12 March 2010

My wife drives an IS220d and it is a car that seems to have been compromised by some of the strangest decisions I've ever seen by Toyota:

- The gearing is bizarre - you have to be doing 90 before you can comfortably change up to 6th

- The steering wheel is reach and rake adjustable - but the reach only has a travel of about an inch or two, so getting comfortable is a struggle

- The dashboard is really well made and designed but it has a horrible LED clock that looks like it cost 99p set right in the middle set next to an airbag lamp that looks like something off a 1970s Chevy

These stupid faults are all the more frustrating because it is fundamentally a really well made and engineered car and, for my money, the best looking in its class.

12 March 2010

Doesn't make sense. Introduce an estate to increase sales and then only make hybrid, which is sure to decrease sales down to nothing.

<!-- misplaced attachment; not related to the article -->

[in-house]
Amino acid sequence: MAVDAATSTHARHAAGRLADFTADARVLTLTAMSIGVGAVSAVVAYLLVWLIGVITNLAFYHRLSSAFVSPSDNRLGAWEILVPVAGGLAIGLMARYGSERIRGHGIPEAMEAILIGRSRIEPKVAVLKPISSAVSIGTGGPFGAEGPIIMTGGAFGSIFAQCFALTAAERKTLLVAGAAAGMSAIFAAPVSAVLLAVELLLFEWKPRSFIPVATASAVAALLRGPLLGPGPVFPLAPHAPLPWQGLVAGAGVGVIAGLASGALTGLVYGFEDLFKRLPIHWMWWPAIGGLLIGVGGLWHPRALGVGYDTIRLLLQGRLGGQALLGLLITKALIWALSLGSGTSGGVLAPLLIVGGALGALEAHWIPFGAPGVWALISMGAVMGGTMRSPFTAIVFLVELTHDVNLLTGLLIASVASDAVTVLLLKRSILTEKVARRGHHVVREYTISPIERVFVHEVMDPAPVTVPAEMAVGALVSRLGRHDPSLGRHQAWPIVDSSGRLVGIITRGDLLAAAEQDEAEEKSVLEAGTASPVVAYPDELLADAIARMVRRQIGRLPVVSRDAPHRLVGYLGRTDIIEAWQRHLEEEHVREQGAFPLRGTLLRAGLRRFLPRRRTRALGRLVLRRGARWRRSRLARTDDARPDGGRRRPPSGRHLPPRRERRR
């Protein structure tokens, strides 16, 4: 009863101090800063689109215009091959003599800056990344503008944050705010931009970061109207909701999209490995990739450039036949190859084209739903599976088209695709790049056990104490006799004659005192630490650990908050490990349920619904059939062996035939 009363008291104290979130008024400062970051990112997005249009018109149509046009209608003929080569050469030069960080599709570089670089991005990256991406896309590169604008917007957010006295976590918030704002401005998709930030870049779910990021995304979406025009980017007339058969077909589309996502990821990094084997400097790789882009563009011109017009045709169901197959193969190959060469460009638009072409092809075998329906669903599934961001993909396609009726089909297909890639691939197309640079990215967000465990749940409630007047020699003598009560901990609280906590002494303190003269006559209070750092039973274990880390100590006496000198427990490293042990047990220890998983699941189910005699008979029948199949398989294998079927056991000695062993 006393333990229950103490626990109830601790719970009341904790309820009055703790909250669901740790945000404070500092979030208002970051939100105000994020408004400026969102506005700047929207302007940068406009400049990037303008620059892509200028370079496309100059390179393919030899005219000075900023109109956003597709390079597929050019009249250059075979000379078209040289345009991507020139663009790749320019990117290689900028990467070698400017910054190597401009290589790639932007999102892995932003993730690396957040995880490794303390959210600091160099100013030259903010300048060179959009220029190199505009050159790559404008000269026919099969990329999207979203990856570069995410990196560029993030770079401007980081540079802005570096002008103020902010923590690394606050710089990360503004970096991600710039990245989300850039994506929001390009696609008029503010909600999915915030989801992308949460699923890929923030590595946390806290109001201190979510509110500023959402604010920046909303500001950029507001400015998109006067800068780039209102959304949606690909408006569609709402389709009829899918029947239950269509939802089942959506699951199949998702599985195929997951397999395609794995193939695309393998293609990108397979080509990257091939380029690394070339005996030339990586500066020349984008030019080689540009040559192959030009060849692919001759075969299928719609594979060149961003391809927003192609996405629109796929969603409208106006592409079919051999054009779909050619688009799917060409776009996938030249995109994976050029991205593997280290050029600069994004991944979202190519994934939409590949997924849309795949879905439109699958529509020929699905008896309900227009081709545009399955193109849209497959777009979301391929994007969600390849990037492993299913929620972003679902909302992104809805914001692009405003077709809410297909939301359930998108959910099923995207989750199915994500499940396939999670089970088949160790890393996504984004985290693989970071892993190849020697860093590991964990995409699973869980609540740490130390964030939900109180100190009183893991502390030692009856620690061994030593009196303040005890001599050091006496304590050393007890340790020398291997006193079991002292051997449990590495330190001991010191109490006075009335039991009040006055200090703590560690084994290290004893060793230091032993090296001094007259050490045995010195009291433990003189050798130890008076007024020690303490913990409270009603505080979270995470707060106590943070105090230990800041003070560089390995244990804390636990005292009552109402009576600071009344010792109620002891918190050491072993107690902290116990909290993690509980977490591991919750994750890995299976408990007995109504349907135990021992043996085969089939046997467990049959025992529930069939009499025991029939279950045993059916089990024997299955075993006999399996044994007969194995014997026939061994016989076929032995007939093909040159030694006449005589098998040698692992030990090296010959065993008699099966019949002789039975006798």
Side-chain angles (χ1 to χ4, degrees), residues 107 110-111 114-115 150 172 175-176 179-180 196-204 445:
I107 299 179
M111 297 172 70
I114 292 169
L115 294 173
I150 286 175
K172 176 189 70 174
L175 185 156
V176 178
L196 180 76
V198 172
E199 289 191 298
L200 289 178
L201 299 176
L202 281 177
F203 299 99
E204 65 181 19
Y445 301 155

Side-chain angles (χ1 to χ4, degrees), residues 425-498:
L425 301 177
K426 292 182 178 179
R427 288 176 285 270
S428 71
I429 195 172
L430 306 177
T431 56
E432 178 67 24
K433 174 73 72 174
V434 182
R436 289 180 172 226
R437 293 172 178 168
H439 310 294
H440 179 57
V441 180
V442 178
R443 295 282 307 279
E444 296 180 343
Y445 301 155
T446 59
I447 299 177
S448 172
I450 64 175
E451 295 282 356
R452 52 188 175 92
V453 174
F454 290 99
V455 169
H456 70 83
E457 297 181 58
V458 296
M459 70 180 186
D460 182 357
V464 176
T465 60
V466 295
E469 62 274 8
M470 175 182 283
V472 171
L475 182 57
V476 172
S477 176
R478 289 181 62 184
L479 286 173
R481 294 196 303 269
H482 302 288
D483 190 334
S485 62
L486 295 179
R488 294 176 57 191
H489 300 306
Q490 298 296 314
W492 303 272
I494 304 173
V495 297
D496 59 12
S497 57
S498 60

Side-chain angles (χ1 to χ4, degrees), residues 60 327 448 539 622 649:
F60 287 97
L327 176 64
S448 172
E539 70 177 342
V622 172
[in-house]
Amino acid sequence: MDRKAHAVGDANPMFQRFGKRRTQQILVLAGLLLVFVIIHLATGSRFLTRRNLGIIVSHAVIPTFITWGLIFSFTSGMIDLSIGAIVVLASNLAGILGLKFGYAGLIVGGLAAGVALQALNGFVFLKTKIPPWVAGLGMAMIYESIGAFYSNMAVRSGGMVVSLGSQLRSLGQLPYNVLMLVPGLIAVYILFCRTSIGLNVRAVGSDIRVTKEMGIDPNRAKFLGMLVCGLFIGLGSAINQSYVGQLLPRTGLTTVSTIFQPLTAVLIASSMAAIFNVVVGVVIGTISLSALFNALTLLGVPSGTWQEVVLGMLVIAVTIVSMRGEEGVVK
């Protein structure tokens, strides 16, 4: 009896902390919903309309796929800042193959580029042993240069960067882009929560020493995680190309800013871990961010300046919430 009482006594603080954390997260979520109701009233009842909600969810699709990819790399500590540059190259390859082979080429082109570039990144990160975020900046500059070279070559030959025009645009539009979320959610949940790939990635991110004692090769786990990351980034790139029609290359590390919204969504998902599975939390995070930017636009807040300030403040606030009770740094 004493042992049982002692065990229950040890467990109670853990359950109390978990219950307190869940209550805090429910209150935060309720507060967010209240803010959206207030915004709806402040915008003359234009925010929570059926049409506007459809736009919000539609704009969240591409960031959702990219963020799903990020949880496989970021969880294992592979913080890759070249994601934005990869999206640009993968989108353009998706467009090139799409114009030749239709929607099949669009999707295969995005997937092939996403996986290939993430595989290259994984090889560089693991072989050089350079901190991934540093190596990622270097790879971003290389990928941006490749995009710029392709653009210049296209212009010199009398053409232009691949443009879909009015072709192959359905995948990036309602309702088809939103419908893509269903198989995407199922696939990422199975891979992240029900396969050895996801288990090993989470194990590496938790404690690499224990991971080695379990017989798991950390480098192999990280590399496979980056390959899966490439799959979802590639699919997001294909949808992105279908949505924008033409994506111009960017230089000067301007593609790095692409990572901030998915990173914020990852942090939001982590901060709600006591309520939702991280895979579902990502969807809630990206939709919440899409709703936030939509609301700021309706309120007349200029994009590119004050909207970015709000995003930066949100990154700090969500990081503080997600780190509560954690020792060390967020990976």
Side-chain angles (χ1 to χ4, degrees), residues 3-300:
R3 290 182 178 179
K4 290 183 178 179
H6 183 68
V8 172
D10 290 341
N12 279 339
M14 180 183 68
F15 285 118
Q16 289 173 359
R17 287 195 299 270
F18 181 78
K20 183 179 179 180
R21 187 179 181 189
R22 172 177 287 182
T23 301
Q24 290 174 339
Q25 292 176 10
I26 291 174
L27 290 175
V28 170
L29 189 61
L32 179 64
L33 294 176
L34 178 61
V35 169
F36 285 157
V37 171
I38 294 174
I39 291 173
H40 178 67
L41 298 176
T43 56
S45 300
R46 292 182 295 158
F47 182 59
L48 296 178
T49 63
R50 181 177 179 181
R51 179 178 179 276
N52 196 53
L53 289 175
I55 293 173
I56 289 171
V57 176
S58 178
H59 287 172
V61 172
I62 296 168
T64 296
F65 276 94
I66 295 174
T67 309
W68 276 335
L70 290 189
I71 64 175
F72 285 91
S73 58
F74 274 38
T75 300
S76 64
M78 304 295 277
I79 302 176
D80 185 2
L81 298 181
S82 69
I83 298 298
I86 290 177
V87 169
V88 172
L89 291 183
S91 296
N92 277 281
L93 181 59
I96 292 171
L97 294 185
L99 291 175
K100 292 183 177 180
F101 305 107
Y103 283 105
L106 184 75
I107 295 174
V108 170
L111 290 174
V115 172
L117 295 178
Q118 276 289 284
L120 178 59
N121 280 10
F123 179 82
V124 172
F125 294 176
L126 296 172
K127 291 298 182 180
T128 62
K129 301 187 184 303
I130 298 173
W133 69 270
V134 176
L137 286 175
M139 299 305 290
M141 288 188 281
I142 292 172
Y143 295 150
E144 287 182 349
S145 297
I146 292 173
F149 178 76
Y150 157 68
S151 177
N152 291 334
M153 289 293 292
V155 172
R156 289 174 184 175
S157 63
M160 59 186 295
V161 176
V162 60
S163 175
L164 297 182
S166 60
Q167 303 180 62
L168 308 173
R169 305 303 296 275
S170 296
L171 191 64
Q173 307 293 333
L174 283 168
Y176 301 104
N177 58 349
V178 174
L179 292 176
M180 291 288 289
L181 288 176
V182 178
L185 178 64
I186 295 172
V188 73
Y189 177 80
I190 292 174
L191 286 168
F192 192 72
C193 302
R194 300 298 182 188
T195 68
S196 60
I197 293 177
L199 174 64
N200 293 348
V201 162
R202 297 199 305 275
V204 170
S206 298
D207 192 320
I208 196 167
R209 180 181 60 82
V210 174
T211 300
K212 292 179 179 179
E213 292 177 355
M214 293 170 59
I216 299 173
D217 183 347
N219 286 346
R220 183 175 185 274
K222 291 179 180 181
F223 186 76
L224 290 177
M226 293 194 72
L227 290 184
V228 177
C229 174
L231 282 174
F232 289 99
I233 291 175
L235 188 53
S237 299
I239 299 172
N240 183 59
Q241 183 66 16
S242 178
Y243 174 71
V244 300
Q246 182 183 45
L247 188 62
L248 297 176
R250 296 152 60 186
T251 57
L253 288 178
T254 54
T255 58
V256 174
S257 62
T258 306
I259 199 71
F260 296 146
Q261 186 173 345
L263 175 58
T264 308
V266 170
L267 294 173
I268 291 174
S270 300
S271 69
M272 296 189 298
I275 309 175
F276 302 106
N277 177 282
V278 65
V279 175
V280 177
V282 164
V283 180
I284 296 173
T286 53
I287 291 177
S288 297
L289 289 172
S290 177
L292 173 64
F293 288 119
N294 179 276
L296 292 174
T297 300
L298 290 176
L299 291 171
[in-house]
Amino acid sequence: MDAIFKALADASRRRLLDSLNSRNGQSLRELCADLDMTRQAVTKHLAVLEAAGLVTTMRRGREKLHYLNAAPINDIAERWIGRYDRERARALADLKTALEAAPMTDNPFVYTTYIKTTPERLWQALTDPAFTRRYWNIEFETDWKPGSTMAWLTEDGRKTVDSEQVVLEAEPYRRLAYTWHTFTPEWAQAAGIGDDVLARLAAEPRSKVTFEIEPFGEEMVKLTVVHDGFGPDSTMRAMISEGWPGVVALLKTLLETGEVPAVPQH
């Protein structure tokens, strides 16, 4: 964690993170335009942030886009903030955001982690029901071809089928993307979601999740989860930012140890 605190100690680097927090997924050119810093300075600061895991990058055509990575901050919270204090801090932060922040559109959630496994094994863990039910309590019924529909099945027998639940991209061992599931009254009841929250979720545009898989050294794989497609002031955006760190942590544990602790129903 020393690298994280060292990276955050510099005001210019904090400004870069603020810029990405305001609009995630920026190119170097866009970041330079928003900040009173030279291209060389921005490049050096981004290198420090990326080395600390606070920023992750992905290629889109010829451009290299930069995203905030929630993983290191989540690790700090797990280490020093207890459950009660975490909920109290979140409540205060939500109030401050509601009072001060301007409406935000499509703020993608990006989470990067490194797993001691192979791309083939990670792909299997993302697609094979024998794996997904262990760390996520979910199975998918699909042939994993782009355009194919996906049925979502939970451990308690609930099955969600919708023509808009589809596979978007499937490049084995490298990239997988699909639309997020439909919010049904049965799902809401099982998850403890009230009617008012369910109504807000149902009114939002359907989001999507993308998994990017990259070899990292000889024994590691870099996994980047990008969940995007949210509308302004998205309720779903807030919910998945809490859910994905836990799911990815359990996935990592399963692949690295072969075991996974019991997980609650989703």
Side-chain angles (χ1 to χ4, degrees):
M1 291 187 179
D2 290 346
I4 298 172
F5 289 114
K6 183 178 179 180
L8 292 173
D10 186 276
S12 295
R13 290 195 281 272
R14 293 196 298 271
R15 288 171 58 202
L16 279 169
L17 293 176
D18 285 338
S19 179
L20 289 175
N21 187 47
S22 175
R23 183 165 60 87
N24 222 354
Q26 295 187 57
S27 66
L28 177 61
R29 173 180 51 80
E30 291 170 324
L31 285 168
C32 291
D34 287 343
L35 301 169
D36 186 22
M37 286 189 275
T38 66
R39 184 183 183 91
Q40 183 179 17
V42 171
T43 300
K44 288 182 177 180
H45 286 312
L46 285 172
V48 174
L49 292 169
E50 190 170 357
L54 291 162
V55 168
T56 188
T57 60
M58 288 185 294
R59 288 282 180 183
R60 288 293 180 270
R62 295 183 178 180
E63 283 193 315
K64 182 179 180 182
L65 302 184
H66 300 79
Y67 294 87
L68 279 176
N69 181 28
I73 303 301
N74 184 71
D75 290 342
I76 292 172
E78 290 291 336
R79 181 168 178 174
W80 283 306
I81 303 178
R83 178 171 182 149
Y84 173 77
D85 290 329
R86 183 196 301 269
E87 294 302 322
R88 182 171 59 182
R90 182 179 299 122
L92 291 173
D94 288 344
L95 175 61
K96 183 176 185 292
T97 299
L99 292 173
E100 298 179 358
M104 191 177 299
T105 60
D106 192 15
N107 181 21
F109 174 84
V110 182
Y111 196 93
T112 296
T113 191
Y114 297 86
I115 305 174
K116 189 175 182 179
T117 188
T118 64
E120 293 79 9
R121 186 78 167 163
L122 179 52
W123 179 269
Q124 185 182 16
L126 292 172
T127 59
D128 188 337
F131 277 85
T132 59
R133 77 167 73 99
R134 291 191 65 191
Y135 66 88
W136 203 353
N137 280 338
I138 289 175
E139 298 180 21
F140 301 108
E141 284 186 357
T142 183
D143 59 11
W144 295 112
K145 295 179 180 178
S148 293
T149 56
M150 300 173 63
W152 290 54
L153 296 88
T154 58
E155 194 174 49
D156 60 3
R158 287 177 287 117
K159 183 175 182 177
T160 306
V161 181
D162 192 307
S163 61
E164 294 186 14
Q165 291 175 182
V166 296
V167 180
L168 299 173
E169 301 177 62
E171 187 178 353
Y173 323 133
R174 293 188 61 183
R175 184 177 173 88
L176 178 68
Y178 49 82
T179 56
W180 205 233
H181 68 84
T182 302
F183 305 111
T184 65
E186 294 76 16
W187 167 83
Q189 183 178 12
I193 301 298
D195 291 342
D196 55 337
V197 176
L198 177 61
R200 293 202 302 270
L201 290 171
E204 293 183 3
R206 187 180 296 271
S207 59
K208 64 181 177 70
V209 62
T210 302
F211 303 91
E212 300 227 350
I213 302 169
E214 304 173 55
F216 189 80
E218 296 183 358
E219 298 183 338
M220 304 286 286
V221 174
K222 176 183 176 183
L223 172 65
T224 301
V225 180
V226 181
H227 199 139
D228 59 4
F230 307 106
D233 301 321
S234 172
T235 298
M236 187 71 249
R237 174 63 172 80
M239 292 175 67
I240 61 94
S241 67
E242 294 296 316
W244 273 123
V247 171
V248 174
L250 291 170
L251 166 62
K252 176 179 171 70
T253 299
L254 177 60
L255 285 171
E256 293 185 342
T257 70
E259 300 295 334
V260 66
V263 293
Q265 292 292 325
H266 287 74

12 March 2010

[quote SF695]

Doesn't make sense. Introduce an estate to increase sales and then only make hybrid, which is sure to decrease sales down to nothing.

[/quote]

I agree, to a point. I have no problems with the introduction of a hybrid, sounds like a good idea in fact but to only have a hybrid is sure to hit sales.

12 March 2010

[quote Lee23404]

[quote SF695]

Doesn't make sense. Introduce an estate to increase sales and then only make hybrid, which is sure to decrease sales down to nothing.

[/quote]

I agree, to a point. I have no problems with the introduction of a hybrid, sounds like a good idea in fact but to only have a hybrid is sure to hit sales.

[/quote]Sure, bring on the hybrid, But the intire range? The ones to benifit from that will be BMW and Audi. This has to be some journalists joke or guessing. Except from that, i don't see why we can't get the 350 in Europe. And a manual version.

12 March 2010

[quote SF695]Doesn't make sense. Introduce an estate to increase sales and then only make hybrid, which is sure to decrease sales down to nothing.[/quote]